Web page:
In 1985, the British journal Race Today asked Toni Morrison about the responsibilities of the black woman writer. She replied, “To bear witness to a history that is unrecorded”. More than any author before her Morrison, who died on 5 August aged 88, was able to shift the African American experience away from its imposed isolation and into the cultural mainstream. She built upon a literary heritage inspired not only by earlier 20th century figures such as Virginia Woolf and William Faulkner, but also by 18th and 19th century slave narratives – authentic autobiographical accounts of Africans and their descendants held in bondage in the United States – to which she sought to fill in the blanks, fashioning their interior lives. The Nobel Prize committee, garlanding Morrison the award for literature in 1993, remarked that she was a writer who “in novels characterized by visionary force and poetic import, gives life to an essential aspect of American reality”.
From her first novel The Bluest Eye – which she started work on in 1963 and eventually published in 1970 aged 39 – Morrison concerned herself with the marginalised voice. Taking place in her hometown of Lorain, Ohio, her debut was written in part because “vulnerable young black girls were profoundly absent” in literature: “no one took them seriously except me,” she wrote. Following ten further novels and a half century in public life – during which she would receive the National Book Critics Circle Award and a Pulitzer Prize – Morrison succeeded in her wish for the black presence to no longer remain “relegated to the margins of the literary imagination”.
Decades spent affiliated to academic institutions ensured that Morrison took her pedagogic role very seriously. Frequently asked to explain and unpick the issue of racism, she would admit to occasional annoyance, having to “clarify an area… about which I know nothing”. Why, she thought, “would anybody ask the victim to explain his torturer?” However, being born into an era of segregation and during a lifetime that witnessed black figures’ increasing visibility in the American public sphere, Morrison could place herself firmly within the 400-year arc of African American history. She would go on to inspire as many people as those who emboldened her own life: abolitionists like Harriet Tubman and Sojourner Truth through post-war civil rights figures like Martin Luther King and her friend James Baldwin, whom she acknowledged as a trailblazer for her literary efforts, for his work decolonizing “forbidden territory”, as she put it at his memorial service in 1987 – the year she published her most celebrated novel, Beloved.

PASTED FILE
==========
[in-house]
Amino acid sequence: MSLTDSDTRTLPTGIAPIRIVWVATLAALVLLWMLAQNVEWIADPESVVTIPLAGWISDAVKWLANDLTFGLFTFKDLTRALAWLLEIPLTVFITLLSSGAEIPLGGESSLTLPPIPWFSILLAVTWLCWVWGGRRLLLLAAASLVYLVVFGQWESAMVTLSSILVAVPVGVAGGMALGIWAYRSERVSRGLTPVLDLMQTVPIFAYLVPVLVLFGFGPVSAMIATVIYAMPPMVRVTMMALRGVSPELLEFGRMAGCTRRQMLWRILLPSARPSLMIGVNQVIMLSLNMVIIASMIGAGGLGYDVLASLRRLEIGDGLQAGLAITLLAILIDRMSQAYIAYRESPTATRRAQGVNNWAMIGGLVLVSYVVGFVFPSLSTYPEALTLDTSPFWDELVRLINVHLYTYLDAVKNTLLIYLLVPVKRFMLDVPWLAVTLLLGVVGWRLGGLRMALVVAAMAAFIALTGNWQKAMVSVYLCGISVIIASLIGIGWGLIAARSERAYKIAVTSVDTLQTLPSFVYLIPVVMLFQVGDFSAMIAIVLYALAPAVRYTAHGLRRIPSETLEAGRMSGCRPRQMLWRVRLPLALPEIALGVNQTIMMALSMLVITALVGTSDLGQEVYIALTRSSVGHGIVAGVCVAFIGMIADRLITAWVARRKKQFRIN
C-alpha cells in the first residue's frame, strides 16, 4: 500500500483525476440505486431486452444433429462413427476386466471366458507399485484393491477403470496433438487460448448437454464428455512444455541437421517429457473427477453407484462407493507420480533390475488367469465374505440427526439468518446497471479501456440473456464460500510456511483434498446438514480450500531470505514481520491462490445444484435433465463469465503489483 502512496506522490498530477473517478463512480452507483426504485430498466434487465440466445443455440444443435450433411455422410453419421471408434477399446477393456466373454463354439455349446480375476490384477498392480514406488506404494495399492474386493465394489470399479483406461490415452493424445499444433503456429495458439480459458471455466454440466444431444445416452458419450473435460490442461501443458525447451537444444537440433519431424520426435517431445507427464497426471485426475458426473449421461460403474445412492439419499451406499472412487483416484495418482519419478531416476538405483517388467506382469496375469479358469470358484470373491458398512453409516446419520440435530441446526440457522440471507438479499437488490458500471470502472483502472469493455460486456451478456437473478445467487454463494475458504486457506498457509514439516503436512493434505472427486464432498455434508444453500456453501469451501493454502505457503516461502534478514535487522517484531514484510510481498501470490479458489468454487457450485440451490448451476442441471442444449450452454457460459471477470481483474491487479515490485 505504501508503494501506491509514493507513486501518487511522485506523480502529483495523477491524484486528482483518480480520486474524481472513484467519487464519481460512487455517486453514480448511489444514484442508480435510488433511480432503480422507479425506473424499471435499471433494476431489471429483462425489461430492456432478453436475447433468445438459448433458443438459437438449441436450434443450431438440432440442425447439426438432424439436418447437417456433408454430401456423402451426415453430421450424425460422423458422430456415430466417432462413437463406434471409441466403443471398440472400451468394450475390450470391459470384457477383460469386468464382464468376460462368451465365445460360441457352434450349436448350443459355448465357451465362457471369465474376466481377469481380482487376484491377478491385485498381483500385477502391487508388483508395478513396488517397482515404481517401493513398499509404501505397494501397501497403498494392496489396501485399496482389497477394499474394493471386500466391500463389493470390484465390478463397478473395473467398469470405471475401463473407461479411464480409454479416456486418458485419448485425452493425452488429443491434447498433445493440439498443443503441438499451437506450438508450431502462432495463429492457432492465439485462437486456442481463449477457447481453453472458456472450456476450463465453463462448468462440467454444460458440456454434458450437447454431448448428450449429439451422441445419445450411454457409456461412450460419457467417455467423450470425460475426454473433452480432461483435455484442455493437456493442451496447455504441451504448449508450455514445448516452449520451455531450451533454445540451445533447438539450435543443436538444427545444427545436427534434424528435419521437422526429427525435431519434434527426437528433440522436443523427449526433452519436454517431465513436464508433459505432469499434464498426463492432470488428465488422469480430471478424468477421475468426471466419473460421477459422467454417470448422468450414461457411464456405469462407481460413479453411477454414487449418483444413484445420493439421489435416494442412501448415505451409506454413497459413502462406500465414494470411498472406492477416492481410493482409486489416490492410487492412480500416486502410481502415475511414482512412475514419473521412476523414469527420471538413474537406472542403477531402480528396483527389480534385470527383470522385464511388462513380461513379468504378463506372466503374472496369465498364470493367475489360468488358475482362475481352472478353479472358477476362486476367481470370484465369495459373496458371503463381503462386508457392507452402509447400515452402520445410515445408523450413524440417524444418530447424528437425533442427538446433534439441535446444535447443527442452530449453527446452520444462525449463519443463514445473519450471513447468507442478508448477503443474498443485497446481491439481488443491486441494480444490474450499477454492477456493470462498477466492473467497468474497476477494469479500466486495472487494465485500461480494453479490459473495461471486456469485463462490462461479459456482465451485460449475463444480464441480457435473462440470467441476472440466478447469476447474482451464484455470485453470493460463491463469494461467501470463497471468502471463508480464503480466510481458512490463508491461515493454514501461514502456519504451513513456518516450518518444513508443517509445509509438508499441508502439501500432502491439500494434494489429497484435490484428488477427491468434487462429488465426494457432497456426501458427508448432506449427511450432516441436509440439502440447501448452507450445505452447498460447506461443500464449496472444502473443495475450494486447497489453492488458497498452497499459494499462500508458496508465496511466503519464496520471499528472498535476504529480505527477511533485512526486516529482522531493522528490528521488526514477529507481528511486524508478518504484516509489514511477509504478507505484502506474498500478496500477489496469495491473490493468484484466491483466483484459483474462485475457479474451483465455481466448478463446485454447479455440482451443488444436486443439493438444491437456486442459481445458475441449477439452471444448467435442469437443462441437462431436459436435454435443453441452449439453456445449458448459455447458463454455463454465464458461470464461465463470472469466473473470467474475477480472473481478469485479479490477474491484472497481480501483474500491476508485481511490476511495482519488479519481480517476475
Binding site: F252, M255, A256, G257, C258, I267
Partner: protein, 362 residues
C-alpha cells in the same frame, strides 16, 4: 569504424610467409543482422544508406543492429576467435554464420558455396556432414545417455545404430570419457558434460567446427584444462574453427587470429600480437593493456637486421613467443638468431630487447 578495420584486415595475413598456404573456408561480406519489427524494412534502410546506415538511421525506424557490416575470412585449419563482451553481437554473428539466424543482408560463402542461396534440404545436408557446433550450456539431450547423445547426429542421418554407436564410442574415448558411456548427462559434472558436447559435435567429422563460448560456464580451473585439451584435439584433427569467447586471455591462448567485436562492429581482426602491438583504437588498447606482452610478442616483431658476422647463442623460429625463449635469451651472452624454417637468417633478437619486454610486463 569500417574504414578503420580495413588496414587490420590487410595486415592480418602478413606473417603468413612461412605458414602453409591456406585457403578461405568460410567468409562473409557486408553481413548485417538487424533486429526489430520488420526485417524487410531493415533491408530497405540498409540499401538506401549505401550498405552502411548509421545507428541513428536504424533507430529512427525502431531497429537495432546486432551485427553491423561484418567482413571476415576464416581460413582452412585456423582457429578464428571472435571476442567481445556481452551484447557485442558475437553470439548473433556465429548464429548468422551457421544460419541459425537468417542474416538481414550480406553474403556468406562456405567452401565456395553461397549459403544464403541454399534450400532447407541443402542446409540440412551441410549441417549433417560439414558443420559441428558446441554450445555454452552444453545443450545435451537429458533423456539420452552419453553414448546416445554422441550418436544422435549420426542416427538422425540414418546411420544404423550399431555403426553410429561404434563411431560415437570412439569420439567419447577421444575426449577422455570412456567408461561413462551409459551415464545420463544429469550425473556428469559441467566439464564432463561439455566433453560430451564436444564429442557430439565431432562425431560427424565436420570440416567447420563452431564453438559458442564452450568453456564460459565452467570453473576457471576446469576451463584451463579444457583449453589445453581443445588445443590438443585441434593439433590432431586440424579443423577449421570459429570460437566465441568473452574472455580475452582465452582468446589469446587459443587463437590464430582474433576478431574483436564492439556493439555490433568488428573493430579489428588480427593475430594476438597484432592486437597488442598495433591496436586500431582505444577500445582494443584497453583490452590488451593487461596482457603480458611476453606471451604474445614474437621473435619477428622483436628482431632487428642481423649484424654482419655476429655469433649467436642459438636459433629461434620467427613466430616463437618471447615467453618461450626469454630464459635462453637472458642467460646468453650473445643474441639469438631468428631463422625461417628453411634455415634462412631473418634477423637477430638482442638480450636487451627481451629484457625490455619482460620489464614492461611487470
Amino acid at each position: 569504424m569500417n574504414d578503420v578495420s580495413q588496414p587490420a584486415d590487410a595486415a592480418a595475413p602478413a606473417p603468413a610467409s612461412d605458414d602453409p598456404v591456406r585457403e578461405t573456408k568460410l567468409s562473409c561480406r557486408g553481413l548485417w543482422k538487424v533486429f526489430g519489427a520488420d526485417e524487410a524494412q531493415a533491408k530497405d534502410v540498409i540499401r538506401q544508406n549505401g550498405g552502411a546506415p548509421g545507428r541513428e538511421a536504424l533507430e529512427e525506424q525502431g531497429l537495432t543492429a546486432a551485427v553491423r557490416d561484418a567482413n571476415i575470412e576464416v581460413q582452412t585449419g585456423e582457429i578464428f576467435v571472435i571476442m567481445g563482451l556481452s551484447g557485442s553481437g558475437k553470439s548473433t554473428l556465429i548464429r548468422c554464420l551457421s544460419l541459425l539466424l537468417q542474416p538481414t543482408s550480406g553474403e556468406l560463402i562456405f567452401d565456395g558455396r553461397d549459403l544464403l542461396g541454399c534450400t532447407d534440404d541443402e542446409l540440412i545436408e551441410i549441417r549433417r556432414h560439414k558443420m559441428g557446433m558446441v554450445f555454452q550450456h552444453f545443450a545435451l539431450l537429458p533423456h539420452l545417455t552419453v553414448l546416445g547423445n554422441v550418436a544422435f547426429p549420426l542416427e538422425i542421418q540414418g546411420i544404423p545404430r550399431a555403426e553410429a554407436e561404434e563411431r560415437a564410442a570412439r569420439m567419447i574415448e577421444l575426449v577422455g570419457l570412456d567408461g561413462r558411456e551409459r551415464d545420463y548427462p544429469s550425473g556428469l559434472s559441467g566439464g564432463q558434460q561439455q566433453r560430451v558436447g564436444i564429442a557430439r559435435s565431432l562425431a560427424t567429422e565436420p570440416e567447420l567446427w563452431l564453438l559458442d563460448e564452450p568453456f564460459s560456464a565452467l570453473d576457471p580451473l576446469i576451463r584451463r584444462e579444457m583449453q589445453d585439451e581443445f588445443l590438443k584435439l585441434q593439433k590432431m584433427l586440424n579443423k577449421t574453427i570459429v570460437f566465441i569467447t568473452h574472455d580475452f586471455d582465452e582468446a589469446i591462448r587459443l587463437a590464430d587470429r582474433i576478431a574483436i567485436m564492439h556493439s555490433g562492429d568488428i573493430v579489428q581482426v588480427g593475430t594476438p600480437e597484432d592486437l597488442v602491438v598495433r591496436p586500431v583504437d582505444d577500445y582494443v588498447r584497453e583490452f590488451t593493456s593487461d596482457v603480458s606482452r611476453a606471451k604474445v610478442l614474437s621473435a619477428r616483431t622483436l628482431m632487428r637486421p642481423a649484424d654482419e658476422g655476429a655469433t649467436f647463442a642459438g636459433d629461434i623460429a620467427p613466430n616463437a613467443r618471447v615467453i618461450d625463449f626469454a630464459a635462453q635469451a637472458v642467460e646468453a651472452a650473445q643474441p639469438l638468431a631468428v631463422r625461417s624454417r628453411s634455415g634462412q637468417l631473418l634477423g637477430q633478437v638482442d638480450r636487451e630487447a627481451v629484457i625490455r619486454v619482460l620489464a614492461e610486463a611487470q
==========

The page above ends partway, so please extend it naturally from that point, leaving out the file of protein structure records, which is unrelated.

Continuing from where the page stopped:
Though accepted by much of the cultural establishment following her Nobel win, she never stopped asking questions or interrogating power. As a public intellectual Morrison refused to submit to her nation’s post-Cold War triumphalism: during a 1995 speech delivered at her old university, Howard – where she had once taught, among others, the Black Power theorist Stokely Carmichael – Morrison delivered a trenchant critique of globalisation and militarism, privatisation and the profit motive. She bemoaned a developing politics of resentment which saw citizens morphing into “taxpayers”, angered by “the notion of the public good”. In an era seemingly free from ideology, Morrison warned of an American democracy vulnerable enough to “host the virus” of fascism (“any developed country can become a suitable home”). Years before we had noticed tech giants control over our daily lives, she prophesised a society “wholly unintelligible to ourselves except for what we see as through a screen, darkly”.